What we should do is consider reasons this disadvantage might unequally disadvantaged, or consider example data from the real world, that might show up in ranked choice ballot data, for instance.
Again, I’m arguing that this is highly unlikely. And it should be detectable mathematically, and to some degree, tested against real world data.
So again, your example (the only one that was complete), was this:
There are two separate issues that make it unrealistic. Only one of them could be detected if the ballots were reduced to being ranked rather than scored.
You could detect that lots of people ranked things A>B>C, and lots ranked C>B>A, while very few rated B on top (technically zero rated B on top in your example, but let’s generalize that into “very few”). So we should be able to see if this scenario ever happens with ranked choice, by looking at real world ballot data. I would guess that it would be very rare, even though it is easy enough to imagine a scenario where it would be expected, for instance a room full of people who either like cold temperatures or who like warm temperatures, with no one liking a middle temperature most.
The other thing that made your example unrealistic was that those who put B in the middle (everyone in your example) scored B in the highest middle position, with exactly zero scored B with 1, 2, or 3. We can’t tell this if the ballots were ranked choice, of course.
Note that this second situation is much harder to imagine a real world situation where that could happen. It’s one thing to imagine that all the people like either cold or warm best, but it is distinctly weird that middle temperatures are seen “almost as good” as their first preference (to every single person), while not a single person liked middle temperatures most. Why would that be? It makes no sense to me.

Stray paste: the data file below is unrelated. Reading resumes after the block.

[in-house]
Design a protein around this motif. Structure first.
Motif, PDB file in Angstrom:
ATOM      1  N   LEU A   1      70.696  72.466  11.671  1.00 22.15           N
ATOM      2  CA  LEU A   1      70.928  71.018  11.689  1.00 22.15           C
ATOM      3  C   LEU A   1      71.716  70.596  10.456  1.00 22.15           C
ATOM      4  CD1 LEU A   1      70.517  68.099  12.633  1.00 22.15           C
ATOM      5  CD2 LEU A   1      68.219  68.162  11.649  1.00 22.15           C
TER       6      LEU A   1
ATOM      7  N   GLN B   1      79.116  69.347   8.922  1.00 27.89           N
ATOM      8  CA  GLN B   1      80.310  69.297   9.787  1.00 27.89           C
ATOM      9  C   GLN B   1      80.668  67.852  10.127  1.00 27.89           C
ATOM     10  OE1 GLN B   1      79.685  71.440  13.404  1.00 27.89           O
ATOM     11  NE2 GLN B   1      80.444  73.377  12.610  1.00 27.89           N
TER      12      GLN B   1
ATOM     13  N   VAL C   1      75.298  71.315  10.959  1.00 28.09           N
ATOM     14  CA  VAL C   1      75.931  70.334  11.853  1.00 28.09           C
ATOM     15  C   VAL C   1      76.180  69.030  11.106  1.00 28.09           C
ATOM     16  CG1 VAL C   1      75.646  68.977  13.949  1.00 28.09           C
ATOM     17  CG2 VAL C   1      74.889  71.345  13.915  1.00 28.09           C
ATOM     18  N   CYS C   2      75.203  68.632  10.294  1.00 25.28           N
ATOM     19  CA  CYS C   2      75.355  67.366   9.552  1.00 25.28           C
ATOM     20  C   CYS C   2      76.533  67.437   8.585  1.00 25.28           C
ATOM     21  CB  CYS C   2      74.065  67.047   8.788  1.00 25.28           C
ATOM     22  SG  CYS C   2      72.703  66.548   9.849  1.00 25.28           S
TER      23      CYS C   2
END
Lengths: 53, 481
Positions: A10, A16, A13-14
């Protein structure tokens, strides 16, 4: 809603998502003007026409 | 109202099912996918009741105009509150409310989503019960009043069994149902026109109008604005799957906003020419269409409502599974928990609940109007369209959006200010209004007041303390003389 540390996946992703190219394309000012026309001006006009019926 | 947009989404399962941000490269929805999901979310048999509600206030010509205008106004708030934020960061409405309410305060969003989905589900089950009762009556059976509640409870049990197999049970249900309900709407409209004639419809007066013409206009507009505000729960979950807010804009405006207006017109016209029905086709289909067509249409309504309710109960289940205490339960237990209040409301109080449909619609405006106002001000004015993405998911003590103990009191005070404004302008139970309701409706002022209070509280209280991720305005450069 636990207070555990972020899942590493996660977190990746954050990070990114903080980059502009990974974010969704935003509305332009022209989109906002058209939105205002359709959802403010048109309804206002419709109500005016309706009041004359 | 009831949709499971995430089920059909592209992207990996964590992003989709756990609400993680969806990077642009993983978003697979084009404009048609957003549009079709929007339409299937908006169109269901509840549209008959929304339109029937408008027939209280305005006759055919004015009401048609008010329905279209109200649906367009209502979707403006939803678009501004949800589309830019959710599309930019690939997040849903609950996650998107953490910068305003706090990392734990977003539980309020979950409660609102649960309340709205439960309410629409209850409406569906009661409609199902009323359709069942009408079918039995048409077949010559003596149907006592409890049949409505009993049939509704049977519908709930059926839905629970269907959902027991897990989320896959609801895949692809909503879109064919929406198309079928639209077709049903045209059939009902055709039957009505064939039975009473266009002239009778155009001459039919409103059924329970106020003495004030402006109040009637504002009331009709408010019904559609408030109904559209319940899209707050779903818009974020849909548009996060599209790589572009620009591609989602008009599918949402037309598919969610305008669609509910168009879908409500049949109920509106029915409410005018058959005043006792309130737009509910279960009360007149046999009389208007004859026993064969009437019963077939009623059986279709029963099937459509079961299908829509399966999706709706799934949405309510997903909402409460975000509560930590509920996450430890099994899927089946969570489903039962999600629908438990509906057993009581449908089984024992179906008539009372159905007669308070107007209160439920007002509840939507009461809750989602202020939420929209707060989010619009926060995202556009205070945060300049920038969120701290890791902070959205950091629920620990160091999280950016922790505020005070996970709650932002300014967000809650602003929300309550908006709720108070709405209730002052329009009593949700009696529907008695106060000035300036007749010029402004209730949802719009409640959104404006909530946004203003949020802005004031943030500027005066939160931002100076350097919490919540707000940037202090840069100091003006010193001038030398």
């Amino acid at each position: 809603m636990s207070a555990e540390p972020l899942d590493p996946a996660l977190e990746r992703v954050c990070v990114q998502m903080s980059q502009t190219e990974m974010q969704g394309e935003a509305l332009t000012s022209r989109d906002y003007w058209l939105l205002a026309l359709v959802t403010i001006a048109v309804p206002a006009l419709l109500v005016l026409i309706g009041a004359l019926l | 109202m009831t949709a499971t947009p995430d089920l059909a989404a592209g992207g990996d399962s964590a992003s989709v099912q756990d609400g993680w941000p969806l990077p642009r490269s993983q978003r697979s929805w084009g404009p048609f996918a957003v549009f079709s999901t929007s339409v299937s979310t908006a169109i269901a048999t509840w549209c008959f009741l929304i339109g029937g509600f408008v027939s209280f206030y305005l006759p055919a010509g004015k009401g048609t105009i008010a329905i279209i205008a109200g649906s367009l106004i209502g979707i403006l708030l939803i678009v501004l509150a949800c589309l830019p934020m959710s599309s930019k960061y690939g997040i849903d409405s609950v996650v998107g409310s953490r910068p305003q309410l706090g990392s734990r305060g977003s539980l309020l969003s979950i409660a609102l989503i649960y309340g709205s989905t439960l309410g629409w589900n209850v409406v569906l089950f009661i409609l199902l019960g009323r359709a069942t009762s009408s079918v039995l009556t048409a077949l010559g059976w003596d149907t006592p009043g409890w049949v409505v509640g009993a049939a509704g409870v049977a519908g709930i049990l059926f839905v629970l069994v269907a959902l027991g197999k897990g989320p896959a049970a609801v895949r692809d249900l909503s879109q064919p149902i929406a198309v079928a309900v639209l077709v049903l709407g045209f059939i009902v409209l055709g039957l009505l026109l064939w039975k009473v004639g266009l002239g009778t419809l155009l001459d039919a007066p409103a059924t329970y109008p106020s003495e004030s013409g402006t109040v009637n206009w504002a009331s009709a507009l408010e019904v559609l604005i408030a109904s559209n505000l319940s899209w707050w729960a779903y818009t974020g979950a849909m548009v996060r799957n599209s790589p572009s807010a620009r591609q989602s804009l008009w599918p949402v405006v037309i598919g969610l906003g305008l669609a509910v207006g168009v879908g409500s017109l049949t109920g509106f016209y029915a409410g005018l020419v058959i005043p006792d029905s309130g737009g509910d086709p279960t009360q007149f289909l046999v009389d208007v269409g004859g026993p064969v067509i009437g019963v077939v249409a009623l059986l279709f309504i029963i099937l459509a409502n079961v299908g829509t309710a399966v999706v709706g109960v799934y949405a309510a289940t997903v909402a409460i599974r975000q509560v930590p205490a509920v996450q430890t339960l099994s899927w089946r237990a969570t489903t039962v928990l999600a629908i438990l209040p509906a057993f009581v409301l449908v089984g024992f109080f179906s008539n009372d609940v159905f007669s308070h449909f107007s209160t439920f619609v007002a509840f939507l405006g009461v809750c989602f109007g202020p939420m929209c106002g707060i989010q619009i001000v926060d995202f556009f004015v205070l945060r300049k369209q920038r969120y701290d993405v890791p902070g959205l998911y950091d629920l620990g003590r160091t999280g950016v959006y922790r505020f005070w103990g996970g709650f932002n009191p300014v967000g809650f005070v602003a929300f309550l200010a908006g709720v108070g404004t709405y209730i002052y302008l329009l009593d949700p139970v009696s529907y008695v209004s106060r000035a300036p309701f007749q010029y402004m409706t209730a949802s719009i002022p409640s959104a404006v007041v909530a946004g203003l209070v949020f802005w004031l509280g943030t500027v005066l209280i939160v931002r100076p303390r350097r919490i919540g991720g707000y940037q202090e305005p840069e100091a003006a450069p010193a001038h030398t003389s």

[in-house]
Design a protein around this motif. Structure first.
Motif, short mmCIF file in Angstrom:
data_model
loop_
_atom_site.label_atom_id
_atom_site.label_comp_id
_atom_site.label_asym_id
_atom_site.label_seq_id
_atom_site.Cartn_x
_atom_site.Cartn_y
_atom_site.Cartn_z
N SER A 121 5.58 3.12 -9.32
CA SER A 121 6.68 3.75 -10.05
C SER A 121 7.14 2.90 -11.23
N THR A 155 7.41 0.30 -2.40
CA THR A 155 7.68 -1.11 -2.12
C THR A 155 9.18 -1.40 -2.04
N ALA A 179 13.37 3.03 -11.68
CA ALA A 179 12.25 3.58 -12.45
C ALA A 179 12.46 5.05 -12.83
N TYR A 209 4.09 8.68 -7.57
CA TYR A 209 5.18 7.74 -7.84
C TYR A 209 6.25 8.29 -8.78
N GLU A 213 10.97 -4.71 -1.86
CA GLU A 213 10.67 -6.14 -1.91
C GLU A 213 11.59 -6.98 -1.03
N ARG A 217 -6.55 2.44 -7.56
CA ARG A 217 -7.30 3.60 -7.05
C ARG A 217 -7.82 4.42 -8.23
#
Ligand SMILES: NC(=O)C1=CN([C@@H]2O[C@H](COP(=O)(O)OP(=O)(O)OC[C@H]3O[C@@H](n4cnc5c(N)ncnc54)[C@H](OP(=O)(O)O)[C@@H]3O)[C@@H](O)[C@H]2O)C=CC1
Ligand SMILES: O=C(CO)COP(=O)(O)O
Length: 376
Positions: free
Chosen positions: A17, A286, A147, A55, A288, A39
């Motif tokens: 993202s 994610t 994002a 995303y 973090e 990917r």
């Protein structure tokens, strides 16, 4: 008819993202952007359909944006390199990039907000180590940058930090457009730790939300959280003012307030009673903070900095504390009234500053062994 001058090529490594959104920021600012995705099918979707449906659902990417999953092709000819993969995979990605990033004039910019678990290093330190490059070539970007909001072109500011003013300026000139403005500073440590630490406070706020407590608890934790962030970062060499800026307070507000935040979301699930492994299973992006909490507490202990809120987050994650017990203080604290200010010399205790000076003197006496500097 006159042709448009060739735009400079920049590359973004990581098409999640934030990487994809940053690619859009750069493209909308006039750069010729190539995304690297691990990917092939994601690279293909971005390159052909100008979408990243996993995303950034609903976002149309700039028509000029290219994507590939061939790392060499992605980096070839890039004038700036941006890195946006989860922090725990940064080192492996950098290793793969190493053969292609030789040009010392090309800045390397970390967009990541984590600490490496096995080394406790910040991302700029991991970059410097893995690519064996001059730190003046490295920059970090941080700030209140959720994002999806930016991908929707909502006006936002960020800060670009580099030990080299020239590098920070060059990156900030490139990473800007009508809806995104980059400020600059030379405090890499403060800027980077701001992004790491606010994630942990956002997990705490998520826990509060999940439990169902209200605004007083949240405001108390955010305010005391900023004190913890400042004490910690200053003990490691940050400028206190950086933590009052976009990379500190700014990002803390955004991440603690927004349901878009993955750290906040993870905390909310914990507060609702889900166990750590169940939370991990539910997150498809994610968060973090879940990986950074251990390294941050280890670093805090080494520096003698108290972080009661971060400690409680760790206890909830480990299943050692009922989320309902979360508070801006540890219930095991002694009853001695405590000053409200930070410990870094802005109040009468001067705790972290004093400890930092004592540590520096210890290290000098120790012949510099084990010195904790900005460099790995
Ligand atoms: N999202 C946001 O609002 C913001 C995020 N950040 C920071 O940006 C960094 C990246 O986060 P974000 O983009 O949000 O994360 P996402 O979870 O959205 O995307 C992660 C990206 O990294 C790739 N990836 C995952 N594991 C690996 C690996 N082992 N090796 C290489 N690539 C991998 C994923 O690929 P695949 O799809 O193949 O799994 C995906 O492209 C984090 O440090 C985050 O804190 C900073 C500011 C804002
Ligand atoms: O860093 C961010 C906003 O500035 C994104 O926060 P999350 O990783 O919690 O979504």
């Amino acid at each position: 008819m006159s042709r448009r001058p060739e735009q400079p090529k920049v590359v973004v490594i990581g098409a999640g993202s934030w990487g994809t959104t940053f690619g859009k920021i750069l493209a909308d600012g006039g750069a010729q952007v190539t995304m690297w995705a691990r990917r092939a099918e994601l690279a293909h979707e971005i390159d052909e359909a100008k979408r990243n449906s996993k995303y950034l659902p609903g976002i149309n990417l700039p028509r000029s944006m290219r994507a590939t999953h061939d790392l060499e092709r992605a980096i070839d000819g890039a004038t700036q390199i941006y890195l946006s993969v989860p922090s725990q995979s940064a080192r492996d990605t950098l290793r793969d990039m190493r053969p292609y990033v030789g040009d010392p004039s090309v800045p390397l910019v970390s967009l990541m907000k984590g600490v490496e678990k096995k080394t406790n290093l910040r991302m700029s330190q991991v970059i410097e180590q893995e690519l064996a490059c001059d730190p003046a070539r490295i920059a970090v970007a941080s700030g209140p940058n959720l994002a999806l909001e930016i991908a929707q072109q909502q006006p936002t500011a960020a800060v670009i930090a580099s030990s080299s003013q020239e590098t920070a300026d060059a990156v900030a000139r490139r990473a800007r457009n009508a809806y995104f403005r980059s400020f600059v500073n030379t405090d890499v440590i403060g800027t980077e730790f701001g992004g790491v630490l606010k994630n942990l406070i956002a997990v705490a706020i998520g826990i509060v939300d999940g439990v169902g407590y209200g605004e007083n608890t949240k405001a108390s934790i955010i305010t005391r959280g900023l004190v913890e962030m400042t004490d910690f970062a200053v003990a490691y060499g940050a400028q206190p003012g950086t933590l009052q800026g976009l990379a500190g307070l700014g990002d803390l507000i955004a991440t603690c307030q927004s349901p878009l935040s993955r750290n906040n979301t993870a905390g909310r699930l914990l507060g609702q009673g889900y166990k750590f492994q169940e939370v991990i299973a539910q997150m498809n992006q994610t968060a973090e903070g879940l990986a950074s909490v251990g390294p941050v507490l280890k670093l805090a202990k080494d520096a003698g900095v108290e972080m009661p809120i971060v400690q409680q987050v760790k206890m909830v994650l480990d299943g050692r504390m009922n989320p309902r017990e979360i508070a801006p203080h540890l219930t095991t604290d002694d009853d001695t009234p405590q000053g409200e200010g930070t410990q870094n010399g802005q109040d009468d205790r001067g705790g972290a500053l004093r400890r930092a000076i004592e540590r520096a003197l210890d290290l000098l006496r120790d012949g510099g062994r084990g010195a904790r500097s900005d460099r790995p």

A realistic simulation wouldn’t use purely random ballots, of course, that would be meaningless. But it also shouldn’t use ones where they are completely contrived as in your example.
I have done simulations where I have created ballots with random input, but with structure to them. For instance, give every candidate a position in 2-dimensions (an x and a y, between 0 and 100), as well as a “universal appeal” value, also between 0 and 100. Then give every voter a random position in those same 2 dimensions. To make a ballot, consider the distance from the voter of each candidate, as well as that candidate’s universal appeal.
You can add extra sophistication by applying clustering algorithms to the locations of the voters. You can increase the number of dimensions beyond 2, and so on. You can also add varying degrees of random fuzz when determining each voter’s score for each candidate. You can put voters on a normal distribution rather than purely random. Etc.
While there is randomness, it isn’t purely random, and the set of ballots will have some structure to them.